This week we feature an article by Agi Marx who shares 3 ways to close the customer feedback loop to prevent churn and increase revenue. – Shep Hyken What is the customer feedback loop? Customer feedback loop is the practice of responding to customers meaningfully when they leave feedback. For example, if a customer complains about being overcharged, […]
This week we feature an article by Agi Marx who shares 3 ways to close the customer feedback loop to prevent churn and increase revenue. – Shep Hyken
Customer feedback loop is the practice of responding to customers meaningfully when they leave feedback. For example, if a customer complains about being overcharged, the company may respond with an apology and issue a refund.
But not all feedback is customer complaints. Customers also leave feedback when they have a particularly memorable experience. Or they may have suggestions for improvements or feature requests.
What many companies don’t realize is that they can turn this feedback into revenue. Here, we will first discuss why closing the loop is important, then provide three examples of how to grow your business thanks to customer feedback, and finally explain how to implement something like this in real life, using technology!
Did you know that it can be anywhere from five to 25 times more expensive to acquire new customers than to retain existing ones? Companies around the world have recognized this. Most successful companies invest heavily in designing special customer experiences and implementing structured customer success programmes. For example, Apple hhascarefully designed even something as rare as the process of unboxing a new Mac computer. Their Genius bars for technical support are also an innovation.
But there is one area of customer experience which is often overlooked, even by the most successful companies. Most companies ask customers for feedback, but when it comes to closing the loop on that feedback, most still use these two rudimentary strategies, if at all:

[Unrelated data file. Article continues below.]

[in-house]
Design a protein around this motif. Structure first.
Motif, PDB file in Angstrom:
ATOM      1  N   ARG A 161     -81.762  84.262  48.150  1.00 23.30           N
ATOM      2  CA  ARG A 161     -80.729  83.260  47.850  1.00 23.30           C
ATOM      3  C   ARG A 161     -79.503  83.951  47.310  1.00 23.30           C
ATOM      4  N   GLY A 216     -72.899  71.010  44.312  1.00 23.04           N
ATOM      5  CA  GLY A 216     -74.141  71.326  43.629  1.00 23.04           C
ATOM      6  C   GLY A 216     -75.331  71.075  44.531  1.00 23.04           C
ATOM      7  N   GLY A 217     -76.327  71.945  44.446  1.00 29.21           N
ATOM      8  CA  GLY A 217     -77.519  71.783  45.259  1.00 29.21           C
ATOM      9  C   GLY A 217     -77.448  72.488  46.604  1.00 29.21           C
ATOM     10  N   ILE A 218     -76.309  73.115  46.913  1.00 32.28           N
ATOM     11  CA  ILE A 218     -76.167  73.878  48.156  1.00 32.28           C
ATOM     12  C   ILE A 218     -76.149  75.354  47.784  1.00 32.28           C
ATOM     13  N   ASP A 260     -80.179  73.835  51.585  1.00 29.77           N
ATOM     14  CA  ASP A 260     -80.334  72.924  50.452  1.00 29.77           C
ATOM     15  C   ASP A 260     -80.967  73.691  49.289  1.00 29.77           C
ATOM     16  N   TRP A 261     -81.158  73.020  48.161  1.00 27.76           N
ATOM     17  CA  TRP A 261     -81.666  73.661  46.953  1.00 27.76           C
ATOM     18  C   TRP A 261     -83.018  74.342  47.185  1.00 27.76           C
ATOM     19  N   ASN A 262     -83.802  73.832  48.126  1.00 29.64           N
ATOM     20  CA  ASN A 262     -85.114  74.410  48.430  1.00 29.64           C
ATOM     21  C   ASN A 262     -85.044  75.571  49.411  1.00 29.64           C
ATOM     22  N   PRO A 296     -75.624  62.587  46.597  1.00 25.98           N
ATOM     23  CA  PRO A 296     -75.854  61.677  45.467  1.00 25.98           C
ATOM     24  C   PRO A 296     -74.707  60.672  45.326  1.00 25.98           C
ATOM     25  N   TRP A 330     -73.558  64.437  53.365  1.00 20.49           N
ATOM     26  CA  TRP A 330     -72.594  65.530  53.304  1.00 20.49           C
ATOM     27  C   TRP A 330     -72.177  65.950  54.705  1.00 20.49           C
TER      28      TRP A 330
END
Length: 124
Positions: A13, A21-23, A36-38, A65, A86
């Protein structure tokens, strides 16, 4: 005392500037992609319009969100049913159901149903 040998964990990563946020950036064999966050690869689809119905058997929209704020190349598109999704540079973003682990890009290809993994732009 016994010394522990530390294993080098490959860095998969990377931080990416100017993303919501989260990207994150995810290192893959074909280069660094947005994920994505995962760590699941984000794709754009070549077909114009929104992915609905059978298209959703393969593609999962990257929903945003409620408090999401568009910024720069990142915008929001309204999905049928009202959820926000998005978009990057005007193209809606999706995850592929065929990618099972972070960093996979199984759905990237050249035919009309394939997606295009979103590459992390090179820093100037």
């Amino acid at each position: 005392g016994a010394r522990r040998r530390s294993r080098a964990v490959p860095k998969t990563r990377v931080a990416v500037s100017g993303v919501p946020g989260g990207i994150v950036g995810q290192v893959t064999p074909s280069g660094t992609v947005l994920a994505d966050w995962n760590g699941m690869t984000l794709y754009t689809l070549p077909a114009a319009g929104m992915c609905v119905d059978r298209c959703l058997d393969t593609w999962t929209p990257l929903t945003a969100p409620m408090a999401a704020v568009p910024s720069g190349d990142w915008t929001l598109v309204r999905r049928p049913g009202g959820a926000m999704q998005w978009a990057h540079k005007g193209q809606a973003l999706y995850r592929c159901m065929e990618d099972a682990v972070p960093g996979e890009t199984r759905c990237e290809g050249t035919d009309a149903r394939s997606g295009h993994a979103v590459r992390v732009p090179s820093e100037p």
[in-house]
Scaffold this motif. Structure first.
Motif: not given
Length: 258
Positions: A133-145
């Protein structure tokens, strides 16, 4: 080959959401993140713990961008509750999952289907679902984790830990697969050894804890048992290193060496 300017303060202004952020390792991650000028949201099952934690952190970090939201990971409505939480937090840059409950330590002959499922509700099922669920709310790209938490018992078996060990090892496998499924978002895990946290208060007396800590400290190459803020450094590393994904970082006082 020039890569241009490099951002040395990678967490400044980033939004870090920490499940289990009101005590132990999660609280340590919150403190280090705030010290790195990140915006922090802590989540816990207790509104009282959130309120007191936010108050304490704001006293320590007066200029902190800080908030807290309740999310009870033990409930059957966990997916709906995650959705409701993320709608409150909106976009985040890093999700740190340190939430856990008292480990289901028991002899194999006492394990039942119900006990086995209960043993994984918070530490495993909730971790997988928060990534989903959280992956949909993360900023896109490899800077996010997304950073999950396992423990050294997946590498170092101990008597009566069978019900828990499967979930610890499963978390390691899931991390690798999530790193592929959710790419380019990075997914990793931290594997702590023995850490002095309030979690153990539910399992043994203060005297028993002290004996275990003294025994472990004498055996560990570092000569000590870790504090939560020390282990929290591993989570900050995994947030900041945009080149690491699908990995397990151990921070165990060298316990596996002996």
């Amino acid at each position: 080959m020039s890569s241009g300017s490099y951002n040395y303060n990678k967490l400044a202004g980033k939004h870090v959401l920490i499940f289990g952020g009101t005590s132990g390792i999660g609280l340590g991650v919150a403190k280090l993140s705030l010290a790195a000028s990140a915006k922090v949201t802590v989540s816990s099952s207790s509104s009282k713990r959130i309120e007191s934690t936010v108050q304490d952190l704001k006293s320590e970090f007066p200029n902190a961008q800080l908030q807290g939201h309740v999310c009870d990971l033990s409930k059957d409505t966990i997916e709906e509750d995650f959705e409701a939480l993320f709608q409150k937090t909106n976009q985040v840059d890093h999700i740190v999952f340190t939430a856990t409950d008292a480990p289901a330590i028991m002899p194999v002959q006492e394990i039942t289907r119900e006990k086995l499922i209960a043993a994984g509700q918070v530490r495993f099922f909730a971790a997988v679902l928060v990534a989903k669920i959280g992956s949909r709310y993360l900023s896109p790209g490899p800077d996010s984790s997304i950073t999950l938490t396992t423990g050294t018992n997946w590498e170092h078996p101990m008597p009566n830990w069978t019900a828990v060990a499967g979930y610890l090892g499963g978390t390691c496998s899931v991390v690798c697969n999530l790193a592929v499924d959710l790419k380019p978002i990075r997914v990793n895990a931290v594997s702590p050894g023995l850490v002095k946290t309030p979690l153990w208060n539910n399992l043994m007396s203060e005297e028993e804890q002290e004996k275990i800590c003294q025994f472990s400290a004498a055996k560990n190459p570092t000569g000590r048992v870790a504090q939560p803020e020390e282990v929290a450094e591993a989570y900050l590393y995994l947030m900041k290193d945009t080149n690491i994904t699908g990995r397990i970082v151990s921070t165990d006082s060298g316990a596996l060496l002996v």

At Thematic, we’ve looked at churn data across all NPS scores and found that churn is present across all responses. The below graphs outline real churn numbers from an existing company.
The graph on the left, shows that among customers who gave a “likelihood to recommend” score of 0 in the NPS survey, they have almost 7% churn rate, but among those who gave a score of 10, only 3.5% churn.
However, in this company’s case, there are significantly more Promoters than Passives and Detractors. So when we look at the actual number of people who churn, there are more of them among higher scores.
In summary, while the “Super Detractors” do tend to churn more, up to 75% of all churn happens across just any score that a customer might give, so we can see that most churn occurs outside of the Super Detractors , so by focusing on low scores only, companies will ignore the bulk of customers who will churn.
Closing the loop meaningfully is important. Without it, companies are missing out on retaining key customers, and even on additional revenue, as we can see in the following examples. And don’t worry, we understand that time to respond is limited and have come up with an automated way of closing the loop.
My friend Ann-Margaret used to be an accountant. She now owns a cupcake shop which is incredibly successful. There are customers who visit her each week. I was one of them, when my daughter Maya went to a Saturday school next door. We told Ann-Margret how much we love her cupcakes and she shared that she also bakes for birthdays and functions. Next time I ran an event, I ordered 250 cupcakes from her store.
This process shouldn’t be different for a large company that receives thousands or hundreds of thousands of positive feedback pieces each year. Instead of “Thank you for your feedback”, the company should make it easy for a happy customer to buy more. Why not send a personalized offer, mentioning specifically what the customer said?
For example, if someone leaves a comment saying, “Your new website is much better than your old one”, the company could respond “We are so happy that you liked our website! Did you know that we also have an app, which you can use on the go? Download our app to get 10% on your next purchase.”
In fact, any personalized message that features specific things that a customer loved about your services makes it clear that you have listened and creates a mini-dialogue which ultimately builds a long-term bond with your customers.
At Thematic, we have analyzed millions of feedback pieces and have found that there is a clear link between what people say and what they do in the following months. We see a lot of feedback from customers with the following sentiment: “I’ve been a customer for twenty years, but you only give great deals to new customers”. Customers want to feel valued. If they don’t, they are likely to switch to a competitor offering them a better deal.